Grieving Father Demands Justice for Child Killed by Denton Police

Darius Tarver, a student at the University of North Texas, was shot and killed by Denton police in January.
Darius Tarver, a student at the University of North Texas, was shot and killed by Denton police in January. Photo provided
Editor's note: This story has been updated with response from Denton city attorney Aaron Leal.

Kevin Tarver wants justice. Months before the world learned the names George Floyd, Rayshard Brooks and Breonna Taylor, Denton police shot and killed his son Darius.

A 23-year-old University of North Texas student, Darius Tarver was a criminal justice major and on the dean’s list. He was part of the National Organization of Black Law Enforcement. In his spare time, he’d go to the library to read.

Darius Tarver wanted to become a police officer someday, and he was being recruited by multiple departments, his dad said.

“The very thing he wanted to make better is the very thing that killed him,” his father said.

His son was shot and killed by Denton police last January. He’s one of many young black people to be killed by North Texas law enforcement in recent years: Botham Jean and Atatiana Jefferson were also shot in their own homes.

Now, the Black Lives Matter protests are helping to renew the region’s calls for comprehensive criminal justice reform — including justice for Darius.

Last week, Tarver joined several other families affected by police brutality on a trip to Washington, D.C. There, he met with President Donald Trump, who promised to provide federal assistance in reviewing his son's case.

Tarver said he counts on the president to keep his word. The longer the officer who killed his son remains on the force, the greater the chance that this could happen again.

“With them putting him right back on the street, that endangers somebody else’s life,” he said. “Because if he didn’t care about my son’s life, he’s definitely not going to care about somebody else’s.”

‘A kid in crisis'

Tarver said he’s in no way anti-police; the McKinney resident has long had ties to law enforcement. He’s on the McKinney Chief of Police Advisory Council and serves as a peer support team member and chaplain for the department.

Initially, Tarver said he gave Denton officers the benefit of the doubt. He changed his mind, however, once body cam footage of the incident was made public in March.

“[Darius is] not being aggressive, and you can clearly see: Here is a kid in crisis,” Tarver said of the video footage.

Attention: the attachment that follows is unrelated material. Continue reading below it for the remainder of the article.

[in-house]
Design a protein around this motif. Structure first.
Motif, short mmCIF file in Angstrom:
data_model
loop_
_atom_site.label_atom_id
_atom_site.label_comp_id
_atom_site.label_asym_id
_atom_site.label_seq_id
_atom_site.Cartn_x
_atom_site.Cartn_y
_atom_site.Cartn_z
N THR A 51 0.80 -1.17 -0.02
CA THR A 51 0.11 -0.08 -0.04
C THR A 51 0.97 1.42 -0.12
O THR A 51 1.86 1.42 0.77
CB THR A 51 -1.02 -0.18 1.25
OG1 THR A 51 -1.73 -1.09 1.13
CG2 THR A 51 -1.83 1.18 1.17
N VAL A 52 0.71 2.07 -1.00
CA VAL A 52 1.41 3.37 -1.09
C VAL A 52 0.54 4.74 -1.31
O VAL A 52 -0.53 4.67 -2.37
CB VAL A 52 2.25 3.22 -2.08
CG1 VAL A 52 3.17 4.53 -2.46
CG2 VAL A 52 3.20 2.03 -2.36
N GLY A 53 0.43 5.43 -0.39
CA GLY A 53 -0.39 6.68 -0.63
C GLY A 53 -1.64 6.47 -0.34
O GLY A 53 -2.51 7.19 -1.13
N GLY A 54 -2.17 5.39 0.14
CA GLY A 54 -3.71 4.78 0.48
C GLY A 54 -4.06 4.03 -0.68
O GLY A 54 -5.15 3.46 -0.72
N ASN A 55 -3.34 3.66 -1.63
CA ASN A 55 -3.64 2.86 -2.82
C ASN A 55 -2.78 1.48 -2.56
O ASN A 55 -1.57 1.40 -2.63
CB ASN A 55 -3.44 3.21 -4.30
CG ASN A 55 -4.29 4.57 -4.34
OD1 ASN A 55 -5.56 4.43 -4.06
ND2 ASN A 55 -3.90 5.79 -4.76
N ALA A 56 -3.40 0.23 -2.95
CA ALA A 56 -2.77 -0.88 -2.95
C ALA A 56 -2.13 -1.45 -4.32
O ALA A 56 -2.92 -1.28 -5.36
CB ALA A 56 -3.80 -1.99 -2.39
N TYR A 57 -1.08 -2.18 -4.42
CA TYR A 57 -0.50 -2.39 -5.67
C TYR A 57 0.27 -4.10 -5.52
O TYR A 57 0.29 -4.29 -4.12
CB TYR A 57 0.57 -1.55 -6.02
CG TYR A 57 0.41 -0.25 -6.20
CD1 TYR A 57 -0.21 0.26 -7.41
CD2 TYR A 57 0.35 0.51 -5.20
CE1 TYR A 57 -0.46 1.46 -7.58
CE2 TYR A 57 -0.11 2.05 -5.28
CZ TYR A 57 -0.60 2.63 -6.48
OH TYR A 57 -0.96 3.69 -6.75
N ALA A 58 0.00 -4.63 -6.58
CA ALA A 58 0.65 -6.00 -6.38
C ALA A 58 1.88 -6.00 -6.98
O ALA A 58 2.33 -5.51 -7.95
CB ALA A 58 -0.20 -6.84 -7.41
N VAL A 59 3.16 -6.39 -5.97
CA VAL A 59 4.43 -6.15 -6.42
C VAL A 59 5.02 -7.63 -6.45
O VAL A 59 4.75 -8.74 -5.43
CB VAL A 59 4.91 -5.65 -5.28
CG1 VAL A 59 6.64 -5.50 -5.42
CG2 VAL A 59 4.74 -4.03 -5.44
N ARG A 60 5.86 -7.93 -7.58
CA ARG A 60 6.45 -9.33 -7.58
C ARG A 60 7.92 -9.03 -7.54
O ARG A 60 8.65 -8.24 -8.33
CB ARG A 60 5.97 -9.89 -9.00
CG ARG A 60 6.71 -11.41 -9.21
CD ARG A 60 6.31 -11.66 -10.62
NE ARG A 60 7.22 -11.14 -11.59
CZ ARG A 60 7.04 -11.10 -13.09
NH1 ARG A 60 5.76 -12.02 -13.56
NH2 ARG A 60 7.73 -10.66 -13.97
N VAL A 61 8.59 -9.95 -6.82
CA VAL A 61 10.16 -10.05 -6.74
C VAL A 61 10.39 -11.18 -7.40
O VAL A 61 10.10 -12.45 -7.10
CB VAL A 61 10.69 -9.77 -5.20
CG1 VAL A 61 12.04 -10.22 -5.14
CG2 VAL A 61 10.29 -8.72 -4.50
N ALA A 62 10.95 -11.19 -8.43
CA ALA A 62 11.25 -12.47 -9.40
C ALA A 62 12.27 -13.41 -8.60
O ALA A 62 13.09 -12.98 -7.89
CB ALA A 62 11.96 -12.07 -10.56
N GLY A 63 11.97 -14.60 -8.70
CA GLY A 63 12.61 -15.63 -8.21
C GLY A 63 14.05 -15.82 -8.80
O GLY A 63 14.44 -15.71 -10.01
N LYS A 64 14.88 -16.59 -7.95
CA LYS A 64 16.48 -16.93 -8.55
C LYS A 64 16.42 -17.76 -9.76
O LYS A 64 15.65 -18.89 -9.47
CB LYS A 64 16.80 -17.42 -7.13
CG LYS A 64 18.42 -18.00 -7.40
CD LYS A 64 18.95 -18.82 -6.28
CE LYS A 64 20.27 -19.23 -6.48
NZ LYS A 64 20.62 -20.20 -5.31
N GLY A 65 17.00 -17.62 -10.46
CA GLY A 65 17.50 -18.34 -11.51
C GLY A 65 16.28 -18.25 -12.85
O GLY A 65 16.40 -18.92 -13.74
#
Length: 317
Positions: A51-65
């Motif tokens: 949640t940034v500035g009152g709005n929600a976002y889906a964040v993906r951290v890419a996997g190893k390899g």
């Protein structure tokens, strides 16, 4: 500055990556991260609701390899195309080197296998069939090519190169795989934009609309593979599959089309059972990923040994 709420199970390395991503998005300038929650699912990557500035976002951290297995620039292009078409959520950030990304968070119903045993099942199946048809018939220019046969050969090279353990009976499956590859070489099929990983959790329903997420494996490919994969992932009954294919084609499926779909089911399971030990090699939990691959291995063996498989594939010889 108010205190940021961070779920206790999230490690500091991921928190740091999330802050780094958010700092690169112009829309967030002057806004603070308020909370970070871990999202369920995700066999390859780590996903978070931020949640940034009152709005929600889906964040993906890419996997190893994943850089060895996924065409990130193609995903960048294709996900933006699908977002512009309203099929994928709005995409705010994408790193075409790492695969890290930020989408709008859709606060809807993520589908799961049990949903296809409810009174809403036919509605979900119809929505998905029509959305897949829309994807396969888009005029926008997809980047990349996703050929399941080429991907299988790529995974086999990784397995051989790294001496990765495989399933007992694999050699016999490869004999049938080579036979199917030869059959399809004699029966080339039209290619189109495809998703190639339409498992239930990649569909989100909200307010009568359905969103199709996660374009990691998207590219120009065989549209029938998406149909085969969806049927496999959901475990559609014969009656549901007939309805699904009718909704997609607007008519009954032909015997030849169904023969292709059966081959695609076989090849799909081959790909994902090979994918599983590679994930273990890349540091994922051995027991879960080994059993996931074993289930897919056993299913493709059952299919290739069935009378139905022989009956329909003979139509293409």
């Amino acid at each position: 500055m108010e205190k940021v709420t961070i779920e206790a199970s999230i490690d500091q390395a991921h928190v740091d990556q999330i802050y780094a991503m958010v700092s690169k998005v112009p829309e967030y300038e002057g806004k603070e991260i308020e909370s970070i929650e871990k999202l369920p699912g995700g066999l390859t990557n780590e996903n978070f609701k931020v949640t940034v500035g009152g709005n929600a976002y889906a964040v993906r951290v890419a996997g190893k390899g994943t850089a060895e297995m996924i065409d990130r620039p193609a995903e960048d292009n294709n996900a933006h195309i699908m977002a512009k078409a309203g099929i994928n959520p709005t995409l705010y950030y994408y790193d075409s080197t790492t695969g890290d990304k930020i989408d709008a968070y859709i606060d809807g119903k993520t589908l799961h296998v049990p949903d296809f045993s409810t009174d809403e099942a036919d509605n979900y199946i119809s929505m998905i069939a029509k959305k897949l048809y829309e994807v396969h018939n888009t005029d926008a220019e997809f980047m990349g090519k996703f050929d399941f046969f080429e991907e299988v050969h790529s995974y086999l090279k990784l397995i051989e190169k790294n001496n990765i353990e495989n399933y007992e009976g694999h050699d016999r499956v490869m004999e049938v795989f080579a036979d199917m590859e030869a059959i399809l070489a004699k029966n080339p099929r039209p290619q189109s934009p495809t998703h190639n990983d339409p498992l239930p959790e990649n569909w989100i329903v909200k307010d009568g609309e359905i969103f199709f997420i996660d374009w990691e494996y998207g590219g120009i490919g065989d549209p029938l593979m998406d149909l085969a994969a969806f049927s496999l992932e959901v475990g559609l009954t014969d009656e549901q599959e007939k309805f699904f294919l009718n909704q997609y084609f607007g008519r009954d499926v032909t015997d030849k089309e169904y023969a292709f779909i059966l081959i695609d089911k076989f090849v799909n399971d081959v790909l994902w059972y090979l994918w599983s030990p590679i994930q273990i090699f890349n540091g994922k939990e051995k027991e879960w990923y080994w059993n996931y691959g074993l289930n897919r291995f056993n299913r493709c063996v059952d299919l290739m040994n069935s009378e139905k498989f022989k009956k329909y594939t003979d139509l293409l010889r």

“You have four well-trained officers and one 150-pound kid with a frying pan.” - Kevin Tarver

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After viewing the footage, Tarver started a Change.org petition requesting that Denton County District Attorney Paul Johnson file criminal charges in his son's case. By Tuesday, it had gained over 153,000 signatures.

First Assistant District Attorney Jamie Beck said that her office will soon present the case to a Denton County grand jury. The date has been delayed because of the coronavirus pandemic, but she expects it could be heard as soon as August.

The week before his death, Darius was in a severe car crash that caused him to suffer a traumatic brain injury. He was hospitalized but released from the ICU just one day later, Kevin Tarver said.

According to the Centers for Disease Control and Prevention a change in behavior is common following head trauma. Milder symptoms include confusion and nausea, but some exhibit extreme agitation and unusual conduct. It can often take days for symptoms to manifest and weeks to recover fully.

Following his accident, Darius' family reported he was highly sensitive to light. On Jan. 21, the student began roaming the exterior of his apartment complex, smashing his neighbors’ lights with a frying pan, according to police. He was also carrying a meat cleaver.

In the body cam footage, he’s heard muttering to himself about God. Four officers arrive at the scene and ask him to drop his weapons. He doesn't comply and continues talking to himself.

One policeman uses a taser on him, which causes him to flail his arms. The officer later claimed he was struck in the shoulder by the meat cleaver. Then, an officer fires his gun.

After being shot, Darius falls to the ground and police kick the cleaver out of reach. They leave him lying there for several seconds and make no attempt to handcuff him.

Next, the badly wounded student stands up, grabs the frying pan and limps toward the officers. The same officer, whose name has not been released, shoots him two more times.

“He didn’t have to use deadly force with my son; he was already shot and tased,” Kevin Tarver said. “You could have pushed him over.”

“You have four well-trained officers and one 150-pound kid with a frying pan,” he added.

Back on the streets

Following Darius' death, the Texas Rangers launched an investigation. Yet all four officers were back on the streets before the investigation concluded, said Lee Merritt, the Tarver family’s attorney.

In a March news conference, Denton police Chief Frank Dixon said he thought his officers acted appropriately in responding to someone whom they thought was on drugs.